THE BLOG

Don't just live your life - lead it

04/28/2015 11:38 am ET | Updated Jun 28, 2015

By: Sue Stockdale

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I have two dogs who provide me with endless hours of amusement. Recently whilst I was out for a walk, I began to consider the similarities between their existence and how we live as humans.

To what extent do we engage fully with the capabilities that we have in order to bring a greater benefit to society or are we limited in what we do, for fear of taking a risk, or being worried about how others might perceive us?

One of my dogs is a German shorthaired pointer, and the other is an English springer spaniel. Zara, the pointer, lives for the joy of running and eating. Arriving at the woods, her nose is up in the air trying to find the scent of any fur or feathered creature that she can chase, and she is in her element racing around, covering the ground at a speedy pace, eager to soak up all the smells. She strives to fulfil her potential every day and as long as she gets a nice long walk with the opportunity to run around, and then get plenty to eat at home, then she is a happy dog.

Inca, the spaniel, by contrast, is a people pleaser. She loves to walk beside me, wagging her tail and sniffing around, but always keeps me in sight. If another dog appears, she is normally scared and is only courageous if they are smaller than she is! Then, at the end of the walk, she still wants to gaze into my eyes and wag her tail - in the hope of getting a dog treat of course.

Living with Zara is risky though. I have lost count of the number of times we have been to the vet to heal wounds caused by her racing at top speed through barbed wire fences or thick jagged bushes. Often she meets us back at the car park, having spent the entire walk rushing about chasing things, and I wonder if she will ever appear.

Recently she had a problem with one of her legs, and was limping, so off we went to the vet - again. After being examined, the vet suggested that it was likely to be tendonitis, and that the best treatment was for her to be kept on the lead from now on.

Now whilst this may be a logical solution to the problem, it did leave me wondering if it really was the optimum outcome for a dog that loves to run? I began to imagine her resigned to a life of walking on the lead beside me, knowing that her real passion was not being fulfilled. What if she could never know the joy again of running free in the fresh air again?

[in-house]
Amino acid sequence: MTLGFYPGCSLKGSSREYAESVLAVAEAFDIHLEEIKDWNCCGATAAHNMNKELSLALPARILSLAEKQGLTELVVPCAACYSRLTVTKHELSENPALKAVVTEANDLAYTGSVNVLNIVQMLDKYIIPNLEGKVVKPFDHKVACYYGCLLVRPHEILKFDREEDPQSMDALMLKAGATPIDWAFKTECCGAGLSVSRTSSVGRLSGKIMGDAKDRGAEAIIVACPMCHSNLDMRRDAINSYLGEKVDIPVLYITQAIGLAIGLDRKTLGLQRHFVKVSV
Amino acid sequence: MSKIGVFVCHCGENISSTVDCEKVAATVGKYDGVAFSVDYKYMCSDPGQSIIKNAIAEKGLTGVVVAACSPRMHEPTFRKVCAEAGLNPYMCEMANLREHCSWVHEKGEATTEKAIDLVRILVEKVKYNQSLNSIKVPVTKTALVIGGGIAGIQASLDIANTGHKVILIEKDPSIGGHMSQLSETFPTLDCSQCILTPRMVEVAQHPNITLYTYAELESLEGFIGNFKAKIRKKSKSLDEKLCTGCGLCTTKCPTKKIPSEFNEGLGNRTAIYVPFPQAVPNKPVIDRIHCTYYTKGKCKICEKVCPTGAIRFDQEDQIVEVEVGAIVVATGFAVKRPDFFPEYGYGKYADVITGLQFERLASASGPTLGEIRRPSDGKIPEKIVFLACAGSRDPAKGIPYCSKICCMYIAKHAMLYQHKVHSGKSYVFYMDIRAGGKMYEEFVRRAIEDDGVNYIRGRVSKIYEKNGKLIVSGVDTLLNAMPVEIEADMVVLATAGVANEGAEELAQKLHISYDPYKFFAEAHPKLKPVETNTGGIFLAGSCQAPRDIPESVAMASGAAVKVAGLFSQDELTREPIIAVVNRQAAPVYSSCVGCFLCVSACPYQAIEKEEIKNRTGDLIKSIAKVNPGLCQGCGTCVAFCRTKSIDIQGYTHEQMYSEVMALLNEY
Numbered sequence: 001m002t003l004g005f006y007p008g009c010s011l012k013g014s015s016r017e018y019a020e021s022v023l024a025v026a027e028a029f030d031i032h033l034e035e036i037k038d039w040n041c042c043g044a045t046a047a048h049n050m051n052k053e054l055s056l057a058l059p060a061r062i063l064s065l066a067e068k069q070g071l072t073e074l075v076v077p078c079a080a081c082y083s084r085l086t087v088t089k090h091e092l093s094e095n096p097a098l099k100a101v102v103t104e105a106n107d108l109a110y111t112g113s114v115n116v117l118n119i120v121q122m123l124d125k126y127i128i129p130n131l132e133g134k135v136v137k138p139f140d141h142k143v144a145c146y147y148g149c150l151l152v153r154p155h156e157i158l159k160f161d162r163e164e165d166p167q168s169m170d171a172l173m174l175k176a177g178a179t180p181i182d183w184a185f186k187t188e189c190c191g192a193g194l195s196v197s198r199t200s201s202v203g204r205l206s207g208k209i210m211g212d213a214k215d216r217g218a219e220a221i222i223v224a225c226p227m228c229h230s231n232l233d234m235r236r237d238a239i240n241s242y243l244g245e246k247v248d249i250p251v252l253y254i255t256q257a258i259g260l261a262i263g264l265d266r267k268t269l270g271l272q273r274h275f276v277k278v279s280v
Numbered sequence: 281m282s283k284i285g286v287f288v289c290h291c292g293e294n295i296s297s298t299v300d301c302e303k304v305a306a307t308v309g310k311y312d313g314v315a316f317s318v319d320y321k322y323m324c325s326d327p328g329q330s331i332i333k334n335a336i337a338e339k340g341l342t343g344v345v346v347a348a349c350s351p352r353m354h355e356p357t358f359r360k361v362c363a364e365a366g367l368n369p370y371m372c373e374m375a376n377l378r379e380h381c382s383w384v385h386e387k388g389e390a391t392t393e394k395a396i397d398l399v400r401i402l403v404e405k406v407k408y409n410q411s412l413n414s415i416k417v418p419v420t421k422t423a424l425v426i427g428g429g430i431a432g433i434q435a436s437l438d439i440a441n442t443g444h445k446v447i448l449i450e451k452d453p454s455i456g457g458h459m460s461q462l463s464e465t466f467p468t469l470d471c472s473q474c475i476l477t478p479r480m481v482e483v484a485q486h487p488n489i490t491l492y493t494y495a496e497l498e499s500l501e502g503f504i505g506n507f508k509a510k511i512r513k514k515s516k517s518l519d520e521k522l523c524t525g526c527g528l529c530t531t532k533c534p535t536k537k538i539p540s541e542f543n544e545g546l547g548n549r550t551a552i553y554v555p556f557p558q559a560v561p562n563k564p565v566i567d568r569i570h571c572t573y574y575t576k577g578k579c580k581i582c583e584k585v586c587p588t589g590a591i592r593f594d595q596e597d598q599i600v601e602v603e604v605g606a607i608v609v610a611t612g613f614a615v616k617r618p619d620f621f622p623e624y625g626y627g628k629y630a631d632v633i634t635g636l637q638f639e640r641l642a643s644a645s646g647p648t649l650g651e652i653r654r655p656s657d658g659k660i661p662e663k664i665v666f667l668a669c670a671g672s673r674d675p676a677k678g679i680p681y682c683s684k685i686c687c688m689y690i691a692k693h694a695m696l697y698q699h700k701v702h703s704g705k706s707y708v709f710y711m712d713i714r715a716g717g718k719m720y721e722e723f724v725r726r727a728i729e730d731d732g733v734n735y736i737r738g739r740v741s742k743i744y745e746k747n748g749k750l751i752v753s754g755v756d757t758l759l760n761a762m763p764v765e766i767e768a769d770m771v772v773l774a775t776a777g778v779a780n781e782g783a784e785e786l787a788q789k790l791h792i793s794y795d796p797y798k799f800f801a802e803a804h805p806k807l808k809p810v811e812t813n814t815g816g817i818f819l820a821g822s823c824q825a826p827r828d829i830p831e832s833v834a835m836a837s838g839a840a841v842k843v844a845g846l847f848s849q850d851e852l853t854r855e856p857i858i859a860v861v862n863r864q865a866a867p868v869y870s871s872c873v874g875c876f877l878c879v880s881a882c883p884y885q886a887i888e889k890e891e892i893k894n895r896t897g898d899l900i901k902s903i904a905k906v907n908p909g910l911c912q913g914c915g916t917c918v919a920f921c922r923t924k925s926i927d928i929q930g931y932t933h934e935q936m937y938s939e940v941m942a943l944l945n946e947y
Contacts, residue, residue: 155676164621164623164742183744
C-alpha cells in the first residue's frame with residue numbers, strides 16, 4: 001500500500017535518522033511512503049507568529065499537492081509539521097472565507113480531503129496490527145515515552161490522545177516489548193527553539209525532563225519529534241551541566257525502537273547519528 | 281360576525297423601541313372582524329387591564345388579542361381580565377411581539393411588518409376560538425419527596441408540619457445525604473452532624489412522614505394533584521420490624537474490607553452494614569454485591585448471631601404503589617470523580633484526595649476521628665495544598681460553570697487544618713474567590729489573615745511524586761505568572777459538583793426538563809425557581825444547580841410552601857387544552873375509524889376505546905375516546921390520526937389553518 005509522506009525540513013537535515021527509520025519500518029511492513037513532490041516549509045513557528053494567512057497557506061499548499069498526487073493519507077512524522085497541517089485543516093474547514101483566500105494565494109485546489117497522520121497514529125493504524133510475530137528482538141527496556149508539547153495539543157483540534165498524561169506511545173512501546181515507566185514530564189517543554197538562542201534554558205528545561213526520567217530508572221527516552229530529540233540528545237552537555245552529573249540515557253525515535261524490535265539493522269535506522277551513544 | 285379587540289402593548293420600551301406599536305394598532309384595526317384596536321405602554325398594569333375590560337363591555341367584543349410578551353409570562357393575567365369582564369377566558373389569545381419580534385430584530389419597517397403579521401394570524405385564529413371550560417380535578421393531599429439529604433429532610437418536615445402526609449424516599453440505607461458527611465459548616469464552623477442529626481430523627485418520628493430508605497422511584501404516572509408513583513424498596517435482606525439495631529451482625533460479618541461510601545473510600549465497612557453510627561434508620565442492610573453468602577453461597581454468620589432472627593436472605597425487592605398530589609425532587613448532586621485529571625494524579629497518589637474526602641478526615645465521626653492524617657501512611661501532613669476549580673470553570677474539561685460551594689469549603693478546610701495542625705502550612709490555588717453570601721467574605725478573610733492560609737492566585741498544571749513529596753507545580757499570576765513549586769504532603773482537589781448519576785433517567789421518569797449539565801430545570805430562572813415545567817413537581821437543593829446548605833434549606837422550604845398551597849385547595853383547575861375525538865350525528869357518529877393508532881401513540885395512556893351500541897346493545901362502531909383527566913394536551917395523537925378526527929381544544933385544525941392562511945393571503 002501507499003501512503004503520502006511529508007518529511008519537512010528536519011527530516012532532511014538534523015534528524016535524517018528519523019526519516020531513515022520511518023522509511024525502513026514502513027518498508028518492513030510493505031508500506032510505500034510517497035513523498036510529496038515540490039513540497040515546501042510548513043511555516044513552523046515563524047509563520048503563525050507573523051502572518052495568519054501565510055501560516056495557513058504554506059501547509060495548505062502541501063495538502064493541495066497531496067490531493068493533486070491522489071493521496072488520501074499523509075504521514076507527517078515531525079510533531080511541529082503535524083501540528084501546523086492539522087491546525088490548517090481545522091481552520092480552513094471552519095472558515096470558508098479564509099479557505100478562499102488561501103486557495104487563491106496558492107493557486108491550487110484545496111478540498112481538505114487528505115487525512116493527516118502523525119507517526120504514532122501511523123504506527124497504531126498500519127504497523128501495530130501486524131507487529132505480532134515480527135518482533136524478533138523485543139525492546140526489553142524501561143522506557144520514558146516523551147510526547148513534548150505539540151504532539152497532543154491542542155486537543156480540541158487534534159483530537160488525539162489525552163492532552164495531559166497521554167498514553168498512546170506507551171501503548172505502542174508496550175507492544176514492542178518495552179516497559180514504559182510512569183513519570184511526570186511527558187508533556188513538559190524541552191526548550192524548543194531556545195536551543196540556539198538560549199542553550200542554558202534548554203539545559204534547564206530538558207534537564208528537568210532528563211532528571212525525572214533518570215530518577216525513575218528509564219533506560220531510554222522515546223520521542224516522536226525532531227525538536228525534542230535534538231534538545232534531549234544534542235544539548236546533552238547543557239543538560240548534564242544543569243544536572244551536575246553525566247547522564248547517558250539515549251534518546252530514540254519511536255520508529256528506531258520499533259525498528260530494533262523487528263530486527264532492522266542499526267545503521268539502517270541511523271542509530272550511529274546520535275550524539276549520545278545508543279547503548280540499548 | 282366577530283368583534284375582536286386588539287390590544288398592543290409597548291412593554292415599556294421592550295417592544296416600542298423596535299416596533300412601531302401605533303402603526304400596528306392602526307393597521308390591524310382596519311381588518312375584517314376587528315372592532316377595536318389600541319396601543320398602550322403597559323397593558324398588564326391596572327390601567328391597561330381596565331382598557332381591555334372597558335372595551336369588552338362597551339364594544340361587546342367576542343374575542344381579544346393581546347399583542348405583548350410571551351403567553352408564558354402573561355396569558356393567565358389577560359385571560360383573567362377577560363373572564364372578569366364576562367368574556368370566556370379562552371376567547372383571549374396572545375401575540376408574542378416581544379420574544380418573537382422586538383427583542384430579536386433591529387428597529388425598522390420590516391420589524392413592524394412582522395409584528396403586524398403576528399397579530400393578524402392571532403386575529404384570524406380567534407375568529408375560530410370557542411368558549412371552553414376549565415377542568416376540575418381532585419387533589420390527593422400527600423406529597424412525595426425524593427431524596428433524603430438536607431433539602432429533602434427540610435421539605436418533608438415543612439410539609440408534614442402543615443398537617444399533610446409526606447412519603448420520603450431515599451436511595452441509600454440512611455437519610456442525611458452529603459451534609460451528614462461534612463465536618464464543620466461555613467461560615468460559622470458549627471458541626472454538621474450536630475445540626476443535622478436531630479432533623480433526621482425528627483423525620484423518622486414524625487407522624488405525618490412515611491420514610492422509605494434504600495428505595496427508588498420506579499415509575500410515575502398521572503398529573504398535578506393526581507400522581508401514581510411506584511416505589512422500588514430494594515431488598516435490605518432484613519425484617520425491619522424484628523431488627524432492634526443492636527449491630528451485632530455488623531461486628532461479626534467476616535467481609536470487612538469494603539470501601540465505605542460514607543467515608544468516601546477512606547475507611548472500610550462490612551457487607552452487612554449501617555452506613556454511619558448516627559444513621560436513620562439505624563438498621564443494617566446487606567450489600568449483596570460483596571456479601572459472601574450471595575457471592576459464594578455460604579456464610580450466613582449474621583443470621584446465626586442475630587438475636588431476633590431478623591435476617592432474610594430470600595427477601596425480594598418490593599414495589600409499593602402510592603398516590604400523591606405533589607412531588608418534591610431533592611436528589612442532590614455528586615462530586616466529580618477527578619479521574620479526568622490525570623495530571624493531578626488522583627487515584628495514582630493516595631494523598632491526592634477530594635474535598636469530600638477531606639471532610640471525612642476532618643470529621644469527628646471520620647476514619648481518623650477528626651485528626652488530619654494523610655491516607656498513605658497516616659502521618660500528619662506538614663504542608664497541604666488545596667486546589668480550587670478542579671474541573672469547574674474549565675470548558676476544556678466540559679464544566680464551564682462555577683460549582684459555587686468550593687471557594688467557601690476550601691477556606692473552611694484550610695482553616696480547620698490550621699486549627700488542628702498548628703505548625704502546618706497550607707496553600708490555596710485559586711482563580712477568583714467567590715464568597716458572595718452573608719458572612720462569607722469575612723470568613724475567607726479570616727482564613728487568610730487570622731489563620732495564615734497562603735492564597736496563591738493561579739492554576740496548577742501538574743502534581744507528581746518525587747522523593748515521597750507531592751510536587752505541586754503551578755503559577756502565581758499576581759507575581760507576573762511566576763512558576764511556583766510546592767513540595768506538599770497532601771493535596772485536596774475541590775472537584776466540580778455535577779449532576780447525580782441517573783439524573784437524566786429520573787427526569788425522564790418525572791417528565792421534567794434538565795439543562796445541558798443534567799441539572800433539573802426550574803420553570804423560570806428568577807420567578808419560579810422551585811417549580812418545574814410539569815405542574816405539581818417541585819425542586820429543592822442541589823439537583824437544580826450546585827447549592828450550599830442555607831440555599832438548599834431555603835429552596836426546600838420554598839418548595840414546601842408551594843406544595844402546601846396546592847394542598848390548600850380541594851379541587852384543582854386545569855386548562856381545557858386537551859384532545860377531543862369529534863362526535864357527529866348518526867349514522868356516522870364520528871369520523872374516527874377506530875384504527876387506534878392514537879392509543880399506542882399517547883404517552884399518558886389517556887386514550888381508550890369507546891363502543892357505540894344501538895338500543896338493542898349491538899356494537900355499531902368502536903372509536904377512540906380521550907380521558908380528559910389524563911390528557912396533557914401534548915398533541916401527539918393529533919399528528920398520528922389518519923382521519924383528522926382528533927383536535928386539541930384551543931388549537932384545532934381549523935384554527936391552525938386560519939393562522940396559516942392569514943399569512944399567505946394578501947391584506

How many of us as humans tend to live life on the lead? Do we "make do" with how our life is, or are we prepared to use our gifts and talents to create a positive social impact? In my work as an executive coach, I come across so many people that limit themselves either through fear or lack of awareness that they have a choice to change.

Imagine what you might achieve if you occasionally let yourself off the lead, free to run about and follow your instincts or passion, and live your life to the full.

There might be risks associated with doing this, but there also may be benefits not only for you, but for the others you inspire as a result. Or maybe you choose to be like Inca - to please others, to remain loyal and obedient, and to gain satisfaction from knowing you are safe and secure and will be fed everyday. Whilst Inca also walks off the lead, she does not see the need to rush off on her own, and remains happy to keep me in her sights.

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Think about how you live your life. Are you consciously making the choices that are right for you? Or are you resigning yourself to a life on the lead - with no idea of how it could be, if only you were courageous enough to take that step.

Three tips to lead your life in the way you want to:

Don't seek approval from others, seek it from yourself
We can all do so much with our lives and are often held back by fear of what others might think. So be brave and be happy that you are doing the right thing for YOU.

Try something new
We can all get into habitual patterns of behaviour that keep us doing what we have always done. Be proactive and take a risk. Here are some ideas: stop watching TV for a week; drive home on a different route from work; say no without explaining why; or ask for help from someone you would not normally ask.

Ask yourself:

  • What is the worst that can happen if I take this action?
  • What is an easy first step I can take to make this reality?

Reflect and reward your success
Once you have taken your action, then reflect on what you learned. By taking regular, small steps to try new things, you will realize that you CAN do and be different if you choose to. So pat yourself on the back, and then take the next step, and try something else. This cycle, of PLAN, DO, REFLECT is what helps you move forward, and gives you the motivation to continue to try new things.

These are some of the themes explored and celebrated by UK based social enterprise Pioneers for Change. Their inaugural 6-month Fellowship kicked off on 23 and 24 March, 2015 in London. Pioneers for Change is an initiative of Adessy Associates.

About Sue
Sue Stockdale is an inspirational speaker whose achievements in business and adventure have inspired 1000s of people worldwide to step out of their comfort zone. She is the first UK woman to ski to the Magnetic North Pole; has represented Scotland in athletics and was recognised by HM The Queen as a Pioneer to the Nation.

Sue now works as an executive coach, facilitator and leadership development specialist and is author of eight business books on subjects related to leadership, change, and risk.